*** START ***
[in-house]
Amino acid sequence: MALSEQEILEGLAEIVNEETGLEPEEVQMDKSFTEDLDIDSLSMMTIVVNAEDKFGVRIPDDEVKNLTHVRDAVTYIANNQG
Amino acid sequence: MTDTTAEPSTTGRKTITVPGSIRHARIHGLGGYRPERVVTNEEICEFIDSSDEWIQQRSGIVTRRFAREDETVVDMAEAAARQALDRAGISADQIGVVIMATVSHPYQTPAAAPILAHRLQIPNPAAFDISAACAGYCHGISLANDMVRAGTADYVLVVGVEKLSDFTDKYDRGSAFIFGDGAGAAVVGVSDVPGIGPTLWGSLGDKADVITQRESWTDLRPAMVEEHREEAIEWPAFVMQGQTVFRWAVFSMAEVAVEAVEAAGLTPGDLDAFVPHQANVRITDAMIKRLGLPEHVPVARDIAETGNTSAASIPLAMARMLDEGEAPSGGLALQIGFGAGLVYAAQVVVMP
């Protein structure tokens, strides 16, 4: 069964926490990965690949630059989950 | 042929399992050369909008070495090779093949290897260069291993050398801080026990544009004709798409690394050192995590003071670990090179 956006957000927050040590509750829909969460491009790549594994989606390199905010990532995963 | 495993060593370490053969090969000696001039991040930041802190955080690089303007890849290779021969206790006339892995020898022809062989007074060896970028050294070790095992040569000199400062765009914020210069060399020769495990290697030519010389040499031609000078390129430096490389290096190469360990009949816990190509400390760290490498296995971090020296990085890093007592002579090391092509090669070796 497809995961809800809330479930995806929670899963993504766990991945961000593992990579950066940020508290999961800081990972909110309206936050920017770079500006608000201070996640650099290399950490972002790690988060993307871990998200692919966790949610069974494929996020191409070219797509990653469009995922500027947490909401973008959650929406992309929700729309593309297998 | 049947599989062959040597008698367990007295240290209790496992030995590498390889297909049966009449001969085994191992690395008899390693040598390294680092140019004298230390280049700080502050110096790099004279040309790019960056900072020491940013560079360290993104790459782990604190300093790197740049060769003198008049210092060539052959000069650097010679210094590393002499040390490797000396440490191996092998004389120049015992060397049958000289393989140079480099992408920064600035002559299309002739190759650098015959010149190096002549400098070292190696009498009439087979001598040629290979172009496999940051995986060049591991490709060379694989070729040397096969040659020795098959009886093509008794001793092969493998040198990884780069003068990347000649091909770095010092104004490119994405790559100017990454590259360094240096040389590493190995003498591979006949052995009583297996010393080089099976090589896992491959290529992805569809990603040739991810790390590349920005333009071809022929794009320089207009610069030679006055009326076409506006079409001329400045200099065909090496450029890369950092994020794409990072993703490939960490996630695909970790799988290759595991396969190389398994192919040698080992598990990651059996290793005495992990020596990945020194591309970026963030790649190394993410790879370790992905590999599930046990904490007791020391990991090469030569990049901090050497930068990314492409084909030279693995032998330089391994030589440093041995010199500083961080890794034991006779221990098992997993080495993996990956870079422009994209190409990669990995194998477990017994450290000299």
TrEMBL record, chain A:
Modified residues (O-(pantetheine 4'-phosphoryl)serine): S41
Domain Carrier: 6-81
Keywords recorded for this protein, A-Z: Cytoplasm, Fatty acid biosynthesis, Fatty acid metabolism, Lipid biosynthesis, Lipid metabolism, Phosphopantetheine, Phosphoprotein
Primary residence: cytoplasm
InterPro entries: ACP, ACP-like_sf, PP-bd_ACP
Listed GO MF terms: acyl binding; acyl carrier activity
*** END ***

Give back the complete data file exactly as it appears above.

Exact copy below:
[in-house]
Amino acid sequence: MALSEQEILEGLAEIVNEETGLEPEEVQMDKSFTEDLDIDSLSMMTIVVNAEDKFGVRIPDDEVKNLTHVRDAVTYIANNQG
Amino acid sequence: MTDTTAEPSTTGRKTITVPGSIRHARIHGLGGYRPERVVTNEEICEFIDSSDEWIQQRSGIVTRRFAREDETVVDMAEAAARQALDRAGISADQIGVVIMATVSHPYQTPAAAPILAHRLQIPNPAAFDISAACAGYCHGISLANDMVRAGTADYVLVVGVEKLSDFTDKYDRGSAFIFGDGAGAAVVGVSDVPGIGPTLWGSLGDKADVITQRESWTDLRPAMVEEHREEAIEWPAFVMQGQTVFRWAVFSMAEVAVEAVEAAGLTPGDLDAFVPHQANVRITDAMIKRLGLPEHVPVARDIAETGNTSAASIPLAMARMLDEGEAPSGGLALQIGFGAGLVYAAQVVVMP
């Protein structure tokens, strides 16, 4: 069964926490990965690949630059989950 | 042929399992050369909008070495090779093949290897260069291993050398801080026990544009004709798409690394050192995590003071670990090179 956006957000927050040590509750829909969460491009790549594994989606390199905010990532995963 | 495993060593370490053969090969000696001039991040930041802190955080690089303007890849290779021969206790006339892995020898022809062989007074060896970028050294070790095992040569000199400062765009914020210069060399020769495990290697030519010389040499031609000078390129430096490389290096190469360990009949816990190509400390760290490498296995971090020296990085890093007592002579090391092509090669070796 497809995961809800809330479930995806929670899963993504766990991945961000593992990579950066940020508290999961800081990972909110309206936050920017770079500006608000201070996640650099290399950490972002790690988060993307871990998200692919966790949610069974494929996020191409070219797509990653469009995922500027947490909401973008959650929406992309929700729309593309297998 | 049947599989062959040597008698367990007295240290209790496992030995590498390889297909049966009449001969085994191992690395008899390693040598390294680092140019004298230390280049700080502050110096790099004279040309790019960056900072020491940013560079360290993104790459782990604190300093790197740049060769003198008049210092060539052959000069650097010679210094590393002499040390490797000396440490191996092998004389120049015992060397049958000289393989140079480099992408920064600035002559299309002739190759650098015959010149190096002549400098070292190696009498009439087979001598040629290979172009496999940051995986060049591991490709060379694989070729040397096969040659020795098959009886093509008794001793092969493998040198990884780069003068990347000649091909770095010092104004490119994405790559100017990454590259360094240096040389590493190995003498591979006949052995009583297996010393080089099976090589896992491959290529992805569809990603040739991810790390590349920005333009071809022929794009320089207009610069030679006055009326076409506006079409001329400045200099065909090496450029890369950092994020794409990072993703490939960490996630695909970790799988290759595991396969190389398994192919040698080992598990990651059996290793005495992990020596990945020194591309970026963030790649190394993410790879370790992905590999599930046990904490007791020391990991090469030569990049901090050497930068990314492409084909030279693995032998330089391994030589440093041995010199500083961080890794034991006779221990098992997993080495993996990956870079422009994209190409990669990995194998477990017994450290000299």
TrEMBL record, chain A:
Modified residues (O-(pantetheine 4'-phosphoryl)serine): S41
Domain Carrier: 6-81
Keywords recorded for this protein, A-Z: Cytoplasm, Fatty acid biosynthesis, Fatty acid metabolism, Lipid biosynthesis, Lipid metabolism, Phosphopantetheine, Phosphoprotein
Primary residence: cytoplasm
InterPro entries: ACP, ACP-like_sf, PP-bd_ACP
Listed GO MF terms: acyl binding; acyl carrier activity